Southeastern Section–56th Annual Meeting (29–30 March 2007)

Paper No. 11
Presentation Time: 4:40 PM


LOVELESS, Wesley T. and RATAJESKI, Kent, Department of Geosciences, University of West Georgia, Carrollton, GA 30118,

The Elberton Granite is one of the largest granite batholiths in Georgia and the hub of an extensive quarrying and stone cutting industry. Located in the Inner Piedmont, the batholith was intruded into polydeformed schists and gneisses of Paleozoic age during the end of the Alleghanian Orogeny. The batholith is remarkably homogeneous in major-element composition, modal mineralogy, and texture but displays cryptic gradations in trace-element and isotopic compositions. Previously reported crystallization ages for the granite were determined by thermal ion mass spectrometry (TIMS) on bulk zircon fractions (320 ± 20 Ma by discordia upper intercept; Ross and Bickford, 1980) and by ion microprobe (304 ± 14 weighted average; Heatherington and Mueller, 2004).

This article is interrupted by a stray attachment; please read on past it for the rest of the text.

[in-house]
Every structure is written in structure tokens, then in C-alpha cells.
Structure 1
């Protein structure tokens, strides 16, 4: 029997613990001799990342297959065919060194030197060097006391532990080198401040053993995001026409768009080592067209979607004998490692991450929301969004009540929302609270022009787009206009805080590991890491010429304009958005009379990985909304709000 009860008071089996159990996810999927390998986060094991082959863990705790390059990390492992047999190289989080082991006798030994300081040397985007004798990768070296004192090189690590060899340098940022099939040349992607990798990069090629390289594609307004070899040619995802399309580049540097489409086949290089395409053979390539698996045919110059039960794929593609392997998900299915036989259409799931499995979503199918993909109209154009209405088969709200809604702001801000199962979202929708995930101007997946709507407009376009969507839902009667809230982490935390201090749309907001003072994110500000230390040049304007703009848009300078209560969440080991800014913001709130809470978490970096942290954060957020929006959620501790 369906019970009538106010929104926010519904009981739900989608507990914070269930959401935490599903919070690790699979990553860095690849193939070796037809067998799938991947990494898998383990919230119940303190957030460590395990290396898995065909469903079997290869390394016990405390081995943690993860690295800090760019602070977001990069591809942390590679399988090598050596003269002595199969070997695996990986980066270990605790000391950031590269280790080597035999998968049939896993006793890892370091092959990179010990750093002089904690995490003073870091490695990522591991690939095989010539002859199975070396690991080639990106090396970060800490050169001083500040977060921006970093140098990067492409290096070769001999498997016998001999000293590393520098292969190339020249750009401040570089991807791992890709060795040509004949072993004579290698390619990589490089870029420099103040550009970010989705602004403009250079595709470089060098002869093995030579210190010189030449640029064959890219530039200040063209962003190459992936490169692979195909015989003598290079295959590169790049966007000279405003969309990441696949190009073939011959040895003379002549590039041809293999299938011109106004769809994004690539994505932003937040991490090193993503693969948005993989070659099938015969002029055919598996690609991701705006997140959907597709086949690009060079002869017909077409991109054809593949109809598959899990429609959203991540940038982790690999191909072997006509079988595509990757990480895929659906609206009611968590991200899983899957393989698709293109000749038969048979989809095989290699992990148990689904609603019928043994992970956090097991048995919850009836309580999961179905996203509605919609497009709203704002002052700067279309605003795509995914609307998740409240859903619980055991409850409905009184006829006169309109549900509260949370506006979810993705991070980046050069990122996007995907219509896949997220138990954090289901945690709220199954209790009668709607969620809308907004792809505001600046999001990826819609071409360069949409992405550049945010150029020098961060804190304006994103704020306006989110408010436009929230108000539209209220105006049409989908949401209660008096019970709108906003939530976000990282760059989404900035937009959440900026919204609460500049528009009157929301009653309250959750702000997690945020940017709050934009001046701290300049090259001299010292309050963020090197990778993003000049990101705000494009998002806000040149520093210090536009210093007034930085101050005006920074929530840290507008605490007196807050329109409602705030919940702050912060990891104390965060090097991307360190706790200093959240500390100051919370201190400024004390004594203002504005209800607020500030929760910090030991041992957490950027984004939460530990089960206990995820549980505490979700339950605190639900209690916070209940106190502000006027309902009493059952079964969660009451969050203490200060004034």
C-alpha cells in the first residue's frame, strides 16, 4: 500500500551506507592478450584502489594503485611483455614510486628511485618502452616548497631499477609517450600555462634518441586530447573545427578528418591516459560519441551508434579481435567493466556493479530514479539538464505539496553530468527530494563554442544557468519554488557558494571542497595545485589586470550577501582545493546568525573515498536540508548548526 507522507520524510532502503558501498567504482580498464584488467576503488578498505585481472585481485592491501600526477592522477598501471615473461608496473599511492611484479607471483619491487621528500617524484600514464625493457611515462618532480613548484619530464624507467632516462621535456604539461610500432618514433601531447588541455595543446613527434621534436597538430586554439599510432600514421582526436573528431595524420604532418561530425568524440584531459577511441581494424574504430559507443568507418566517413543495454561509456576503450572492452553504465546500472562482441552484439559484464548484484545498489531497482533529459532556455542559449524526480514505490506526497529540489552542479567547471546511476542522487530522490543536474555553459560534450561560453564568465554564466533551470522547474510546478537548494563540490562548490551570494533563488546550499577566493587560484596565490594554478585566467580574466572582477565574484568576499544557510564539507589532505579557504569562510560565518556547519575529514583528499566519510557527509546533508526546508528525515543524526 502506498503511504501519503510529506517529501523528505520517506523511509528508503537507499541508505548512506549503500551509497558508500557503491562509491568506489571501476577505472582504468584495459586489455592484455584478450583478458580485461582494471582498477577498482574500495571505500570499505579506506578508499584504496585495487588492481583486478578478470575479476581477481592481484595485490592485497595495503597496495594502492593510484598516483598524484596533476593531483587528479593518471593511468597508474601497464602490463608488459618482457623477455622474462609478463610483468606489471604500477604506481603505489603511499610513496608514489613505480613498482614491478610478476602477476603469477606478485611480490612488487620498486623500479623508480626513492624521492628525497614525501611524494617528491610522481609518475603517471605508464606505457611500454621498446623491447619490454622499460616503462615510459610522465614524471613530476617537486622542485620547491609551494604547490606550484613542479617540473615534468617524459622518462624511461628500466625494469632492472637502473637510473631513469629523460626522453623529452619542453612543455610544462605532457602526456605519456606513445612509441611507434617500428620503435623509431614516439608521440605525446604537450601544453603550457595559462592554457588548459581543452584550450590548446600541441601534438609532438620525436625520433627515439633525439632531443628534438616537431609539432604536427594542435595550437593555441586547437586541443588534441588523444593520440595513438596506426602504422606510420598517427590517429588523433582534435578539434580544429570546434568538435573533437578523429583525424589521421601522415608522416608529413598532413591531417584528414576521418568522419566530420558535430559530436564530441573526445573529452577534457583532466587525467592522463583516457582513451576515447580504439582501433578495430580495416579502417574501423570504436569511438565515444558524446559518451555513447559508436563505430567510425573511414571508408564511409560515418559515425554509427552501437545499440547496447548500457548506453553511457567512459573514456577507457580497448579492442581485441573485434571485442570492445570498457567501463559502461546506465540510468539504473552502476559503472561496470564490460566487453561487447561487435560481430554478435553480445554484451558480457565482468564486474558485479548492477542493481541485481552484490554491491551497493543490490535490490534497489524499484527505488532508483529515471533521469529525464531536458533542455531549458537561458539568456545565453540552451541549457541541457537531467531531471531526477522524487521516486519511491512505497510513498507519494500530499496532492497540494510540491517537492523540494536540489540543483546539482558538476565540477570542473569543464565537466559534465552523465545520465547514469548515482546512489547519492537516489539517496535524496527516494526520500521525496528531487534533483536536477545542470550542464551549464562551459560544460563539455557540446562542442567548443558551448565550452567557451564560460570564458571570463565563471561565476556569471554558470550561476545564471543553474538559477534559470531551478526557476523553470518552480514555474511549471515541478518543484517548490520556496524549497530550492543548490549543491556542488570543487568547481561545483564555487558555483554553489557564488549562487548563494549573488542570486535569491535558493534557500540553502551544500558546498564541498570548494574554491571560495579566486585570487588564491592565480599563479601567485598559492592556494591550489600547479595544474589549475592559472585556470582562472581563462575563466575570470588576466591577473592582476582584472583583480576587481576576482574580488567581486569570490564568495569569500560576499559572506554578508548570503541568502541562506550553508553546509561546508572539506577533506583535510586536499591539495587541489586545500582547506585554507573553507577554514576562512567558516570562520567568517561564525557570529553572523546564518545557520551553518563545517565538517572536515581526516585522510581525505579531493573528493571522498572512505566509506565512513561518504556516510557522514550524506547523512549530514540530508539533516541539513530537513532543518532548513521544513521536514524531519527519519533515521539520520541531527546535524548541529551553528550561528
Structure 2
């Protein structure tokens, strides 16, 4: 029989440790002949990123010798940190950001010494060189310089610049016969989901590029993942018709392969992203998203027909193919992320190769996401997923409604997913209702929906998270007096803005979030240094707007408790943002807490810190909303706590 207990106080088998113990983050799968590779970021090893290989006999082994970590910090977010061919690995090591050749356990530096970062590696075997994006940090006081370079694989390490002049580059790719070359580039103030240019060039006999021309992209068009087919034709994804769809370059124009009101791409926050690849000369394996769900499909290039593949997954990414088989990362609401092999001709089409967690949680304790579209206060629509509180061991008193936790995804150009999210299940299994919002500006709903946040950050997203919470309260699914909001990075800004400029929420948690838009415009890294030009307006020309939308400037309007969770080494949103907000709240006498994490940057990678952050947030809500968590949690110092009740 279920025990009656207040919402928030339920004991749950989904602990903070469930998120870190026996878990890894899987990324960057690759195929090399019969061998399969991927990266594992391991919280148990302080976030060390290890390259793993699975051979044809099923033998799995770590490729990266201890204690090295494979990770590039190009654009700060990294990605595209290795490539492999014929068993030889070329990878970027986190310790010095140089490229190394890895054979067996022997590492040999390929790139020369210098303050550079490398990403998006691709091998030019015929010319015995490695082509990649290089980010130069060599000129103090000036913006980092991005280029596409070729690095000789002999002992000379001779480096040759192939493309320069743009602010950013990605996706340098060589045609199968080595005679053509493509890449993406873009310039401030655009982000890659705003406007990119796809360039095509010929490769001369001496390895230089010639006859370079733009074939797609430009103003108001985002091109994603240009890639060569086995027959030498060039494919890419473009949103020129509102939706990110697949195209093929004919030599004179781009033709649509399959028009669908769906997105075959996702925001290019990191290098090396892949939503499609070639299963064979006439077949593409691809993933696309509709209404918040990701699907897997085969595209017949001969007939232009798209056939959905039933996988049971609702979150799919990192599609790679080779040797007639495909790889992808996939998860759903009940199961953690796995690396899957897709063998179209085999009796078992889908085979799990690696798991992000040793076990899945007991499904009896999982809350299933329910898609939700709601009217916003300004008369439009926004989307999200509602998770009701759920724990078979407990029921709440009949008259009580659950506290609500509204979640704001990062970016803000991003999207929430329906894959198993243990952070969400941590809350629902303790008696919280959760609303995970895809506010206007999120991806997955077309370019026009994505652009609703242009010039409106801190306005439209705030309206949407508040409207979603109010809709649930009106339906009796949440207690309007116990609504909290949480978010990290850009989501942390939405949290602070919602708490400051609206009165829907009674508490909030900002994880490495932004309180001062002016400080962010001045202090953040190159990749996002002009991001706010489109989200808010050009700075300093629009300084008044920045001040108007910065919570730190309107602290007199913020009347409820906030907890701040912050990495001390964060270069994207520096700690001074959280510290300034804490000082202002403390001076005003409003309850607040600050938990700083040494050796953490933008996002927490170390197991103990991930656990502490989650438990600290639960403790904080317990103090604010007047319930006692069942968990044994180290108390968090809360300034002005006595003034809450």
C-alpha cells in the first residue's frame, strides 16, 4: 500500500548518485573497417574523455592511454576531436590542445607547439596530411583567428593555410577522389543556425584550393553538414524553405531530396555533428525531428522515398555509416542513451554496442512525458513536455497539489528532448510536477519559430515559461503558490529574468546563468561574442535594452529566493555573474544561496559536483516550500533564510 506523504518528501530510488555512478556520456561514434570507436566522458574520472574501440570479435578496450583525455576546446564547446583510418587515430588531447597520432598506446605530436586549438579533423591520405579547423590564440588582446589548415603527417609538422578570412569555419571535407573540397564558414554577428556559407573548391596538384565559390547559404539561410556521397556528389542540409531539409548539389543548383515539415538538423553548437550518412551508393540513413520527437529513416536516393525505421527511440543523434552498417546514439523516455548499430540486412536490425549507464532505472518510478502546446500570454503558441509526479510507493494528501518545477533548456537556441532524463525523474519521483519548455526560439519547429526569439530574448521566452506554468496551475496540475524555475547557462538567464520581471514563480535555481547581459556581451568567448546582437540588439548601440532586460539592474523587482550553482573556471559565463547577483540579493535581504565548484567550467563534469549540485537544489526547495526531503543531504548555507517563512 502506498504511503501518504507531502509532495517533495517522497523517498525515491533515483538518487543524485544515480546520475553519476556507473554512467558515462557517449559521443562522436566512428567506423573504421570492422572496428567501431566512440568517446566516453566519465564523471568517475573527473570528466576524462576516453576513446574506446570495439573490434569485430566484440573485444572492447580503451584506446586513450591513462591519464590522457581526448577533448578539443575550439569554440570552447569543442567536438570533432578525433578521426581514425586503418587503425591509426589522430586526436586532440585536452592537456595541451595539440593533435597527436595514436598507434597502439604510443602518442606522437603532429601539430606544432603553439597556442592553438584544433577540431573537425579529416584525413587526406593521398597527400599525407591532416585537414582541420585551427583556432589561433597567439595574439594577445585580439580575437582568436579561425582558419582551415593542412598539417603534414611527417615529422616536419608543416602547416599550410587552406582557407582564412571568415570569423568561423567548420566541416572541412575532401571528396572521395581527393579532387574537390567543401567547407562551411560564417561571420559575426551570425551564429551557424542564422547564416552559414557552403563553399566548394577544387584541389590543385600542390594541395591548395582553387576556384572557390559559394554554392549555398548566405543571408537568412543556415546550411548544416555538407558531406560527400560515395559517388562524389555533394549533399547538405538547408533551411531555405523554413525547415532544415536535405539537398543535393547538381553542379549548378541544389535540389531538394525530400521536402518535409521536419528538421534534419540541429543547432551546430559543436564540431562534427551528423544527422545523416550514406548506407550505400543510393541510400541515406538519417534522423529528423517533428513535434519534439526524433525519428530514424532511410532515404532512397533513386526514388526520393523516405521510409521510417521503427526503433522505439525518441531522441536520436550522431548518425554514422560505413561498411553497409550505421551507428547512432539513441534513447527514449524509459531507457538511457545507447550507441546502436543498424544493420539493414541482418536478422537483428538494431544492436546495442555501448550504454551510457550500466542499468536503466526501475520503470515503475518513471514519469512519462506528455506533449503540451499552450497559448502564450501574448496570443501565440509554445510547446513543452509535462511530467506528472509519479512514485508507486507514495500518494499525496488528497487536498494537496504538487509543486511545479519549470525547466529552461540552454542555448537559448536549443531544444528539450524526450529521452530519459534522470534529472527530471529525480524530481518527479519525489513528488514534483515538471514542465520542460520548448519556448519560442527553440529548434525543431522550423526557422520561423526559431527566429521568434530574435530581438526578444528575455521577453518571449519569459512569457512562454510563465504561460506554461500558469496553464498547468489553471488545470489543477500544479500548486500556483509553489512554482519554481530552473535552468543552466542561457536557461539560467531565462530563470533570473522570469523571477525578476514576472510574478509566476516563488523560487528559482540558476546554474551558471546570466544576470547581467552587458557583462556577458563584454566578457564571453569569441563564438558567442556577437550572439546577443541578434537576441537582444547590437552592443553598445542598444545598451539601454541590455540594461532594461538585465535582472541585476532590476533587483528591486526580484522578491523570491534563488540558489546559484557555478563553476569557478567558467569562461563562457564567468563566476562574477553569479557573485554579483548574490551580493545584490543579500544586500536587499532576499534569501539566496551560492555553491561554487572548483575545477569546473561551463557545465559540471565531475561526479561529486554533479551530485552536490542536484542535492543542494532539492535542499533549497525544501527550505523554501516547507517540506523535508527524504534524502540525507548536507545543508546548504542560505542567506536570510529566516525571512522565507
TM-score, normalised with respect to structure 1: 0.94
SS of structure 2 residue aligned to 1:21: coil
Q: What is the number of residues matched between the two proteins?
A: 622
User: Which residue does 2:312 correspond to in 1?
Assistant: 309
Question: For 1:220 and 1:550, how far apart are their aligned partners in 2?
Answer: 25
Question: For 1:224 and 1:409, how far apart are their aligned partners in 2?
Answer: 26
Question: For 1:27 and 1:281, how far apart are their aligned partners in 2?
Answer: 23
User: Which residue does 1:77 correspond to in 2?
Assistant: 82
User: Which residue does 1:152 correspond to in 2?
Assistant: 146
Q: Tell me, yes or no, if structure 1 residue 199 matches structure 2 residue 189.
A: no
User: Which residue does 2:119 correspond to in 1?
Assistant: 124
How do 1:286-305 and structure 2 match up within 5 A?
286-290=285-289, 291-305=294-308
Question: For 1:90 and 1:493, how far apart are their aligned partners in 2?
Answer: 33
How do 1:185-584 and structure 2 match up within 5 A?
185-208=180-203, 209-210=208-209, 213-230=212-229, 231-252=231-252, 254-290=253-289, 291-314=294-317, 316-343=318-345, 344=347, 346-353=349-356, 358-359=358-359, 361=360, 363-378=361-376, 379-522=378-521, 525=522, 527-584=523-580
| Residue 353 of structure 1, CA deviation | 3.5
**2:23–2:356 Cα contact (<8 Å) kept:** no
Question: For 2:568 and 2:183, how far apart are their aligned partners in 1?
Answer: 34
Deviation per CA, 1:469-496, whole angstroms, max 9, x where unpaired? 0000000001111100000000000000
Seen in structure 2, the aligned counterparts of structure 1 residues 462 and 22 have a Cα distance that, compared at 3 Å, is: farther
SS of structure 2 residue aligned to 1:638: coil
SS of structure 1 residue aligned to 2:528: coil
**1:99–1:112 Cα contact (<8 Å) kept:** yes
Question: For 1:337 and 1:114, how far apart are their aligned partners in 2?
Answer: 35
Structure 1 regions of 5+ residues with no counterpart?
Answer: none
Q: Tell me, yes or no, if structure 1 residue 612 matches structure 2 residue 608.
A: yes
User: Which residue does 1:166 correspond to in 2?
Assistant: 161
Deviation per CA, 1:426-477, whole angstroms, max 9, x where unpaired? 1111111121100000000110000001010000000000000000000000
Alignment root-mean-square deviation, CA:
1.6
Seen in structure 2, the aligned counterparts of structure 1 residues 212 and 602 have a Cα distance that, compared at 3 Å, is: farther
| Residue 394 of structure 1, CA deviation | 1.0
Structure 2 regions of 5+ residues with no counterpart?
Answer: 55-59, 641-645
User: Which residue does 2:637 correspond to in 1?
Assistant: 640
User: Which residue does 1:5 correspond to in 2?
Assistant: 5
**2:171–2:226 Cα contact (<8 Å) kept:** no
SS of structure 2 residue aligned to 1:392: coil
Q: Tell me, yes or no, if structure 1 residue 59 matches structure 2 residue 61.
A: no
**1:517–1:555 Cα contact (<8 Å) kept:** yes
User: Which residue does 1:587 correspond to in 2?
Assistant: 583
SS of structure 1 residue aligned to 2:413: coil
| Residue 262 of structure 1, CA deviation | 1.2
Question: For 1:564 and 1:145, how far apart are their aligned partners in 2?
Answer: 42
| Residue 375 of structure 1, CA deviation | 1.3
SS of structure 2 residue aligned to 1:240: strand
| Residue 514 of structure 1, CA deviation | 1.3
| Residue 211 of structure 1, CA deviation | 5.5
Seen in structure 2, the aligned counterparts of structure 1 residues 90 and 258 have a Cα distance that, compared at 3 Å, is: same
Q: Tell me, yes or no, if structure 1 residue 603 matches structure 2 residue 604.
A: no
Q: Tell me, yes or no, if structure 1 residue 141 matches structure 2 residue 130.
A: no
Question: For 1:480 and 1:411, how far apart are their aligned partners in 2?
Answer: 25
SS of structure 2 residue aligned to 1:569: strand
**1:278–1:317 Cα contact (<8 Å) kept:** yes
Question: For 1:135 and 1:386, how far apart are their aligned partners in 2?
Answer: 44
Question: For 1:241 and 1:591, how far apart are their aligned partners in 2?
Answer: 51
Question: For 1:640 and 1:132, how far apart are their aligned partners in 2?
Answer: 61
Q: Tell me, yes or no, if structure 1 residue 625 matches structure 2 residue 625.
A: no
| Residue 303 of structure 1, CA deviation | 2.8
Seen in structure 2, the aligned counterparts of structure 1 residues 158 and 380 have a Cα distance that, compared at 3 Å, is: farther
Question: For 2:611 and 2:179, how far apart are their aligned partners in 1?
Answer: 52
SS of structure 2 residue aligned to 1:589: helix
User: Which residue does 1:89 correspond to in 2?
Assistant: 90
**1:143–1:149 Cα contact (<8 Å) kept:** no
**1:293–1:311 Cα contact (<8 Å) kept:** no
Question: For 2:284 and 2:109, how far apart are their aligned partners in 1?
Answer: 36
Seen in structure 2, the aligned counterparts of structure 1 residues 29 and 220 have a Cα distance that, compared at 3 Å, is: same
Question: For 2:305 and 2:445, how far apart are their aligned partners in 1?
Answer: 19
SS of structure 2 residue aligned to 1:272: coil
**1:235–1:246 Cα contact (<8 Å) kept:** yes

In this study, we present new high-precision U-Pb zircon age data, by chemical abrasion-TIMS, from three samples collected at different quarries spanning the geochemical gradients across the central part of the batholith. After heavy liquid and magnetic separation, the zircons were chemically abraded in an HF-HNO3 solution for 16 hours at 220 °C, cleaned, and picked into 19 fractions, each consisting of <10 zircons of similar morphology. While preliminary, two concordant fractions and one nearly concordant fraction of elongate prisms from two samples yield an age of ca. 300 ± 4 Ma, which we interpret as the time of crystallization as it is consistent with previous age determinations. Most other analyzed fractions contained larger and more equant zircons and exhibit normal or reverse discordance (2%-30%) and older 206Pb/ 238U and 207Pb/235U ages. Discordant data do not define meaningful discordia but probably reflect variable inheritance. Reversely discordant fractions may be a result of isotopic fractionation during chemical abrasion, but further work is needed to fully evaluate this possibility.